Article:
I received a response a short time later, asking me to come in to speak with him. Maybe it’s my years at Catholic school, but I still get a bit anxious when being asked to come to the principal’s office. So, when I arrived a few hours later, I was relieved by his initial words: I want to tell how impressed I am with your son. He went on to explain that he had met with him earlier in the day, and talked with him about what had happened. He told me of their conversation, how he had proposed a similar solution to my son regarding the explanation of the rules—not just for him but for all the younger students. The principal said that my son expressed himself extremely well for someone so young, and he was especially struck by what my son told him at the end of their discussion: “I’m so glad you are doing something about this.”

The most important thing I took away from this whole experience is that I was able to show my son—through my actions and not just my words—how to stand up for yourself—and or for others. The fact that the principal wanted to hear my son’s point of view, showed him the importance of speaking up. I also learned that this blog is more than a place for me to capture my words of advice for my daughter, it is a place for me to voice my concerns, worries, fears, and hopes for my children—and to receive incredible words of advice back from you. Thank you!

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23 thoughts on “Update: In Defense of My Children

  1. Pingback: In Defense of My Children | a Book for My Daughter

  2. Erin, this update brought tears to my eyes. So impressed with you, and your son! You must be so proud of him. Your response was perfect. I’m going to share this with friends. By the way, I love your blog! Keep writing :)

  3. Clapping over here from the sidelines (for you, for how you’ve raised your children, for the way you STOOD UP FOR YOUR KIDS despite your own squeamishness) and I’m also giving you a standing ovation. Oh yes I am.
    PS: So what happened – did he take the bitch-mom out? I need to know. (-:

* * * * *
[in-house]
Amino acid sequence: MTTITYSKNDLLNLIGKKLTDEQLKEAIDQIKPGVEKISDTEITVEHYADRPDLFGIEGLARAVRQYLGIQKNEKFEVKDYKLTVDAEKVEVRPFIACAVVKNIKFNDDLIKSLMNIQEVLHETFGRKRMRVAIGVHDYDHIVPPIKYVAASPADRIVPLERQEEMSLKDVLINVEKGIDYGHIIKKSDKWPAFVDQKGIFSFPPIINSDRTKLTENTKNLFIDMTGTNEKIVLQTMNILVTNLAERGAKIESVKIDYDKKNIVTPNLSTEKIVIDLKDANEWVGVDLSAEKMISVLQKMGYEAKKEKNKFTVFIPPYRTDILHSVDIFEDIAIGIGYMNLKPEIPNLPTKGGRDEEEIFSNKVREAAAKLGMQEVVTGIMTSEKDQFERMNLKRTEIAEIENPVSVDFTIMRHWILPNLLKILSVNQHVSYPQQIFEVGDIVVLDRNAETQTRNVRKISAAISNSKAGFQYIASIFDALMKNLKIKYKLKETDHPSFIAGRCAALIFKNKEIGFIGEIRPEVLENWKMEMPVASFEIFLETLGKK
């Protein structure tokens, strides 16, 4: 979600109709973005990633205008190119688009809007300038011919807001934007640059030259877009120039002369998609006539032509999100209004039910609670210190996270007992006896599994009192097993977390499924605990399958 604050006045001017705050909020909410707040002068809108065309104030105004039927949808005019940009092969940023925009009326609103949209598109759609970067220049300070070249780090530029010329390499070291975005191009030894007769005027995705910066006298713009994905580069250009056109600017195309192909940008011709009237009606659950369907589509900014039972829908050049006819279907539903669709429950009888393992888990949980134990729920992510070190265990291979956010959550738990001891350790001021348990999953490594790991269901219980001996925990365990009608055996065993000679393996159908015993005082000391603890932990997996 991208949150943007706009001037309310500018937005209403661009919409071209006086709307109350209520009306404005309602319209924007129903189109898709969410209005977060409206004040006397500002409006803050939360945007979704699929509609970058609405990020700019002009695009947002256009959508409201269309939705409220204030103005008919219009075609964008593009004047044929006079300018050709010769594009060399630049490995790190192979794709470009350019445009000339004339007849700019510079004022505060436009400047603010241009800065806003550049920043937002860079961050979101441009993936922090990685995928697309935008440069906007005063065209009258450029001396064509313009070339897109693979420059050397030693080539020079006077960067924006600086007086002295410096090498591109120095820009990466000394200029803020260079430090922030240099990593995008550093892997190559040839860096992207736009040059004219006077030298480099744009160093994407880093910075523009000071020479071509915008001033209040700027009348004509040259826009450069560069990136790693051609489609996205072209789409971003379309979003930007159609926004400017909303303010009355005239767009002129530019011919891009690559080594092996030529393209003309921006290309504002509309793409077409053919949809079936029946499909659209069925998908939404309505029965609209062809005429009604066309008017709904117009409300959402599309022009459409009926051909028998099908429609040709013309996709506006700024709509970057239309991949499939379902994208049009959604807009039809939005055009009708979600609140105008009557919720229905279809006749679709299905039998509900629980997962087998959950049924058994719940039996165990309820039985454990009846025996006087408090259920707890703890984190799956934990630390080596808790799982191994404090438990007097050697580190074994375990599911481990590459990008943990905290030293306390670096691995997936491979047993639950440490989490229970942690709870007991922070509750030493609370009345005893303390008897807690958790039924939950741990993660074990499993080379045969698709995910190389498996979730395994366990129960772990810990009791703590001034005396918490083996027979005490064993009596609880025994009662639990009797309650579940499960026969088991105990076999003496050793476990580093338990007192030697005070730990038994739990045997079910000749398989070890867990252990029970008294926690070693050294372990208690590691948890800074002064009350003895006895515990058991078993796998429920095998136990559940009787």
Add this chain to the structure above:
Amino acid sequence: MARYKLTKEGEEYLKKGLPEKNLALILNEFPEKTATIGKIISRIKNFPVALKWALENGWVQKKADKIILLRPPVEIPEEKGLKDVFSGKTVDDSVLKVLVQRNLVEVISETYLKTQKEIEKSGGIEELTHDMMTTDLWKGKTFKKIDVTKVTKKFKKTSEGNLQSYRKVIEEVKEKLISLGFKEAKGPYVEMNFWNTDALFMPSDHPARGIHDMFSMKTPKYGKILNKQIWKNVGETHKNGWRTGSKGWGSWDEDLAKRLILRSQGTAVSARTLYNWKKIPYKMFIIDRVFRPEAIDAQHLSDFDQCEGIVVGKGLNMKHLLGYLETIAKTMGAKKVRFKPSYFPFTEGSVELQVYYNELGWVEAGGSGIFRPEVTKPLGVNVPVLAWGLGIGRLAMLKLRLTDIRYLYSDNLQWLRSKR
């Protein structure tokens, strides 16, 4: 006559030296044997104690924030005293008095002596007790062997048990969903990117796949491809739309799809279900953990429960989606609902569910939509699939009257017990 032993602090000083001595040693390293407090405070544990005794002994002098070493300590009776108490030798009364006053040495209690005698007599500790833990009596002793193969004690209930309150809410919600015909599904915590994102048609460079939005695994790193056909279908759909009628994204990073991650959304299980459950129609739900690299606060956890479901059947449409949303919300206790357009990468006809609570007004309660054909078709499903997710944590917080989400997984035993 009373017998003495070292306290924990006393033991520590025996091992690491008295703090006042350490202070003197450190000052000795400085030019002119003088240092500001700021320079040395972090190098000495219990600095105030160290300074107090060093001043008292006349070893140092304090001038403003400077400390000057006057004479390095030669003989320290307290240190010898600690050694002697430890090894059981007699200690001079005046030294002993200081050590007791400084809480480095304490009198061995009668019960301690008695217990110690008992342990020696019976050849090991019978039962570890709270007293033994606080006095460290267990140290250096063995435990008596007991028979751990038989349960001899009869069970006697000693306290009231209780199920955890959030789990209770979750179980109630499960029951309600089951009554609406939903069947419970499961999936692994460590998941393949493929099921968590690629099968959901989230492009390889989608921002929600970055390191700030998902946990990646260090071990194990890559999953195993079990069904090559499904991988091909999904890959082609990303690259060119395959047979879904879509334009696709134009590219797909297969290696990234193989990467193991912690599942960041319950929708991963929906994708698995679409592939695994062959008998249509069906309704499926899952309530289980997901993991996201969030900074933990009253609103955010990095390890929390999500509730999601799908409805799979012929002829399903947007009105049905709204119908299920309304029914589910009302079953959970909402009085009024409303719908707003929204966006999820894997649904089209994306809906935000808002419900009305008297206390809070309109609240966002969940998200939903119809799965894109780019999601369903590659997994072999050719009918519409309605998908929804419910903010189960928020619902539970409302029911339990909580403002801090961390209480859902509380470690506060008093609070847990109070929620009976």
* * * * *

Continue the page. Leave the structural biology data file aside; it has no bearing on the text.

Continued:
4. I’m so glad the principal took your email seriously and handled it so well. I worry so much about my Kindergartner having a run-in with the wrong person (or more often, people) at school and seeing his experience ruined. I’ve seen teachers (not his own, luckily) YELLING at them to “stop dancing” at recess. Really? At recess? Should we ever be telling children to stop dancing at recess? I’m sure I don’t understand the stress of being responsible for so many youngsters but it really felt like someone was out there popping their balloons.

  5. Woooohoooo!!! Good for you, I’m so glad you were there to be a great advocate for your son. Now he is learning how to handle confrontation as well, from your example :)

  6. I’m horrified that this happened in the first place but you handled it beautifully; great example for your kiddos.

  7. I’m always so impressed when I read or hear about advocacy for the needs or our children, and doubly so when that advocacy is thoughtful and includes not just how other children might be affected, but the offender, as well. I think you dealt with this in such a wonderful way – I hope I can do the same when faced with a similar situation!

  8. I’m so glad that you were able to do something and get results. Your letter is extremely well-spoken and showed that you were a concerned parent as opposed to a parent who was just being critical. I’m so happy that your son was able to get the assurance that he needed as well. Hopefully things will truly improve now!

  9. What a respectful letter. As a teacher, I readily admit that we often make mistakes, but rarely get such a well thought out letter as yours bringing them to our attention. Well done, and YES, a great lesson for your son!!

  10. I can imagine this was a challenging experience for your children (and you) but I think they will take away so much: self-advocacy, respect, courage…they will be stronger people for it. Great job! I’m glad you wrote a follow-up.

  11. oh, I am so glad that this was the outcome!!! with all of this, I think the best is that you were respectful and calm about expressing your concerns. that gives weight to your argument. great job!